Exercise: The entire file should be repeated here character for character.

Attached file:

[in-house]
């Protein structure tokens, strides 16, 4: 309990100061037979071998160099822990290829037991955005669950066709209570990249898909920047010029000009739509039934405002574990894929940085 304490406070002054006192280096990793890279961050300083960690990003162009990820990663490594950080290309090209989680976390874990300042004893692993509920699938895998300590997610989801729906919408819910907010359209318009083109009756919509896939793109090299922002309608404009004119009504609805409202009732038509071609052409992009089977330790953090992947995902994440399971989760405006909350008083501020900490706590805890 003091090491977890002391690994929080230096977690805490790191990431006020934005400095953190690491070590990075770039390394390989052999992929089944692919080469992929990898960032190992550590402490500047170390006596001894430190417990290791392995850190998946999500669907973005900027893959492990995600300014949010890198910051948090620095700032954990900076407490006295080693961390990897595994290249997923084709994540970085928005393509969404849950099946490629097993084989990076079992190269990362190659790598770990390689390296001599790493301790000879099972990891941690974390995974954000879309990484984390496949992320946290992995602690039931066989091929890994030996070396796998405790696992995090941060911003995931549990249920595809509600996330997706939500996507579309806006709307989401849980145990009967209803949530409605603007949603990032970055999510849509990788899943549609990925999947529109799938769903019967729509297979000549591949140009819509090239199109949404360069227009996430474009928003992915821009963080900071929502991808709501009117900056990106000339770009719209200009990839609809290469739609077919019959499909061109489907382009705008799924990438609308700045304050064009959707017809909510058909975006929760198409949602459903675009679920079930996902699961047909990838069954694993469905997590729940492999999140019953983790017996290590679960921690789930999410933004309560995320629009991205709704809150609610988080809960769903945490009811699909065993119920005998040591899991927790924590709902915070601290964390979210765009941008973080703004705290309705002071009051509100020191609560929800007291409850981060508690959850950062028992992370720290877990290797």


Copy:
[in-house]
């Protein structure tokens, strides 16, 4: 309990100061037979071998160099822990290829037991955005669950066709209570990249898909920047010029000009739509039934405002574990894929940085 304490406070002054006192280096990793890279961050300083960690990003162009990820990663490594950080290309090209989680976390874990300042004893692993509920699938895998300590997610989801729906919408819910907010359209318009083109009756919509896939793109090299922002309608404009004119009504609805409202009732038509071609052409992009089977330790953090992947995902994440399971989760405006909350008083501020900490706590805890 003091090491977890002391690994929080230096977690805490790191990431006020934005400095953190690491070590990075770039390394390989052999992929089944692919080469992929990898960032190992550590402490500047170390006596001894430190417990290791392995850190998946999500669907973005900027893959492990995600300014949010890198910051948090620095700032954990900076407490006295080693961390990897595994290249997923084709994540970085928005393509969404849950099946490629097993084989990076079992190269990362190659790598770990390689390296001599790493301790000879099972990891941690974390995974954000879309990484984390496949992320946290992995602690039931066989091929890994030996070396796998405790696992995090941060911003995931549990249920595809509600996330997706939500996507579309806006709307989401849980145990009967209803949530409605603007949603990032970055999510849509990788899943549609990925999947529109799938769903019967729509297979000549591949140009819509090239199109949404360069227009996430474009928003992915821009963080900071929502991808709501009117900056990106000339770009719209200009990839609809290469739609077919019959499909061109489907382009705008799924990438609308700045304050064009959707017809909510058909975006929760198409949602459903675009679920079930996902699961047909990838069954694993469905997590729940492999999140019953983790017996290590679960921690789930999410933004309560995320629009991205709704809150609610988080809960769903945490009811699909065993119920005998040591899991927790924590709902915070601290964390979210765009941008973080703004705290309705002071009051509100020191609560929800007291409850981060508690959850950062028992992370720290877990290797």